South Africa’s state-owned freight and logistics, Transnet, has obtained a court order to end two weeks of illegal industrial action, which was impacting operations at the country’s major container terminals.
Transnet said in a statement that the labour court in the city of Port Elizabeth had ordered workers to increase performance levels at the nearby Port of Ngqura. Workers at the port’s container terminal had been on a protracted go-slow over promotions and bonuses. The Durban Container Terminal was also affected by equipment failure and a high-level of absenteeism, and there was also decline in performance levels at the Cape Town Container Terminal.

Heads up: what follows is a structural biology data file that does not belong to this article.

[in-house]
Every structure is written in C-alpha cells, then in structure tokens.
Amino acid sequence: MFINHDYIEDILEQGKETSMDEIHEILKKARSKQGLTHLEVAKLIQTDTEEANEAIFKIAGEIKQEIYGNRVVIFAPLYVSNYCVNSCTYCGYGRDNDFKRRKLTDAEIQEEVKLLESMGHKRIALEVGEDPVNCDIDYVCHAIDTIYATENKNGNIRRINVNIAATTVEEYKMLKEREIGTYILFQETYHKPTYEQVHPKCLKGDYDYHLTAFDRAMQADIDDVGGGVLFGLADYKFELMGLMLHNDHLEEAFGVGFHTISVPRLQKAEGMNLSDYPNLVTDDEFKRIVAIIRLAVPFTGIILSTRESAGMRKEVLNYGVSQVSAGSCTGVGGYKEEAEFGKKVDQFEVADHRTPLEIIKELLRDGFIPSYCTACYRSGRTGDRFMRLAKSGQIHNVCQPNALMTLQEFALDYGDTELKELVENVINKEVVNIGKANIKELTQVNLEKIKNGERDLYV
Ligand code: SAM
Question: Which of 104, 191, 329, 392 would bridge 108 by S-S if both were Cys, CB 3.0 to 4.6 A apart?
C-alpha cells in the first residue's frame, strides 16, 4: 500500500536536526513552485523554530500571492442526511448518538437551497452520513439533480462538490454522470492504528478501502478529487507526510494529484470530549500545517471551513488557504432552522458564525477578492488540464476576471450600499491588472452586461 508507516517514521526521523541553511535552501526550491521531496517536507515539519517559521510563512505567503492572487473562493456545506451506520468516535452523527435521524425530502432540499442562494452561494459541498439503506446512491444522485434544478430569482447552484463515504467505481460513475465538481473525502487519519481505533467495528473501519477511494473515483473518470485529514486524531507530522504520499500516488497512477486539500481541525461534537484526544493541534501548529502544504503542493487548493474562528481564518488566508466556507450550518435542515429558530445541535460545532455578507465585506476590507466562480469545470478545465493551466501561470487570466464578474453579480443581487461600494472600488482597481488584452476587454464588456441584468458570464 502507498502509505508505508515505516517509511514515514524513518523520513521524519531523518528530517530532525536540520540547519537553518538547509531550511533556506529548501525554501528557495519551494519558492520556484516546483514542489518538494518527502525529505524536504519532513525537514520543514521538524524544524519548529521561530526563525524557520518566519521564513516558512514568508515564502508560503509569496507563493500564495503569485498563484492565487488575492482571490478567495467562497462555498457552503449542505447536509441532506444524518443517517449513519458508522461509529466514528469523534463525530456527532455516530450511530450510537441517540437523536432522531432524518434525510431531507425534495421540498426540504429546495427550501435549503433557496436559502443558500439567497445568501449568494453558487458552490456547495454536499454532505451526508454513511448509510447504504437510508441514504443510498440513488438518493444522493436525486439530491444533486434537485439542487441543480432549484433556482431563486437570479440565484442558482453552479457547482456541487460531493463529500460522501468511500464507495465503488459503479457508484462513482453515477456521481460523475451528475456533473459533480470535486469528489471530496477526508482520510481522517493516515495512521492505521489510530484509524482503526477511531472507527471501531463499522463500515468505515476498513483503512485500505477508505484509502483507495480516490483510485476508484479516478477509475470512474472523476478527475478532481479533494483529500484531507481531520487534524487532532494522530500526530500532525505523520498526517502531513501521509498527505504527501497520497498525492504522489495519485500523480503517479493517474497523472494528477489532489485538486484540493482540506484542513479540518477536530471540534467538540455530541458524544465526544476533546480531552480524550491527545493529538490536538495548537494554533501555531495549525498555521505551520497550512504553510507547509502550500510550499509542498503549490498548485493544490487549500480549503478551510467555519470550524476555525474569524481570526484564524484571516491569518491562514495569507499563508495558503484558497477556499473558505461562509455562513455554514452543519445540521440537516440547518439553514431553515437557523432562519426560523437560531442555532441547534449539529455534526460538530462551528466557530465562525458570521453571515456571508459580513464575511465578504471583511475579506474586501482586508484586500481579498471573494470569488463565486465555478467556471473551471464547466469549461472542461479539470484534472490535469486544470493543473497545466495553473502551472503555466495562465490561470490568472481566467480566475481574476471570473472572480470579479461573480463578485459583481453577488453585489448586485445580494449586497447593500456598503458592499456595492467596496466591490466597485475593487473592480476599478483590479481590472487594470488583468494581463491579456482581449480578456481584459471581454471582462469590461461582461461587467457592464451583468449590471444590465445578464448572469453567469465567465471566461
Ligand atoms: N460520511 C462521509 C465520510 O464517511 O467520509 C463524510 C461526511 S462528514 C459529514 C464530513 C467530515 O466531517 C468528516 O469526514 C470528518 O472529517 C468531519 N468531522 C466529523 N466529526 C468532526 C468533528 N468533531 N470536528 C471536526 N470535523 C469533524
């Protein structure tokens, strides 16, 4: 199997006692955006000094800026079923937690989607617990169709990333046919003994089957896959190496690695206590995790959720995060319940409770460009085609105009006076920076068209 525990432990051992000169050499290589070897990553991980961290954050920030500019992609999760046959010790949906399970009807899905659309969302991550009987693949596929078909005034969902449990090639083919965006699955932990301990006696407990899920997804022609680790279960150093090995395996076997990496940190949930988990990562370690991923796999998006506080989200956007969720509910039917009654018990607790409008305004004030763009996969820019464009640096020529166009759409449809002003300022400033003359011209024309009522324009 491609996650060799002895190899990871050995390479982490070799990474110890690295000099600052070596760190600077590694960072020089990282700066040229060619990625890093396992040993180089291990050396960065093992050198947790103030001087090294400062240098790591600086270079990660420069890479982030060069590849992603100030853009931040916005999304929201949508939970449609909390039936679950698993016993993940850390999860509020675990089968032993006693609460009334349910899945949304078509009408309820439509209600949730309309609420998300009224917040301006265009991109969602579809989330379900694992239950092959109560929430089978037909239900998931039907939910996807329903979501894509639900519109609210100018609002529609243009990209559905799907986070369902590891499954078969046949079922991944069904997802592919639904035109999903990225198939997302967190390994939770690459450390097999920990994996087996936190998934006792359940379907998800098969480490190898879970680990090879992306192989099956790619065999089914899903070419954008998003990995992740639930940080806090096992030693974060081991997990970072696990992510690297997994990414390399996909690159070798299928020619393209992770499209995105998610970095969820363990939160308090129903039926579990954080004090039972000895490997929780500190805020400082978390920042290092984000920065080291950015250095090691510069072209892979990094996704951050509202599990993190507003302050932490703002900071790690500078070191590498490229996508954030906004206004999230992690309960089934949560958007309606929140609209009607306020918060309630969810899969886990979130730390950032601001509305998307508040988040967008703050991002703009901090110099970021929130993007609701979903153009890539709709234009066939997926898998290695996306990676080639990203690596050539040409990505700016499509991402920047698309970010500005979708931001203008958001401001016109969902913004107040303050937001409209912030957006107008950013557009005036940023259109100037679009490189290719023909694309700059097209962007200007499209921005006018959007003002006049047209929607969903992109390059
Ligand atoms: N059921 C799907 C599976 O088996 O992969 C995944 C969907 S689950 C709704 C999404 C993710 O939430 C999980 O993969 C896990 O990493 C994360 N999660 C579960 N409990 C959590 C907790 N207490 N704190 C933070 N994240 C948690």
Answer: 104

“Operations [at Ngqura] have been disrupted by malicious radio interference. Since the suspension of 11 employees last week, radio interference has stopped and operational performance has improved,” said Transnet spokesperson, Molatwane Likhethe.
Performance levels at the Cape Town and Durban container terminals have also improved. Transnet acting group CEO Mohammed Mahomedy said that the port authority was working around the clock to find solutions, including prioritising urgent cargo.
“We are also continuing to refine our contingency plans in order to minimise the impact to the economy,” he said. During the go-slow, truck drivers were forced to wait up to 18 hours to load or unload cargo, leaving products from the automotive, citrus, meat, textiles, and electronic sectors stuck in transit.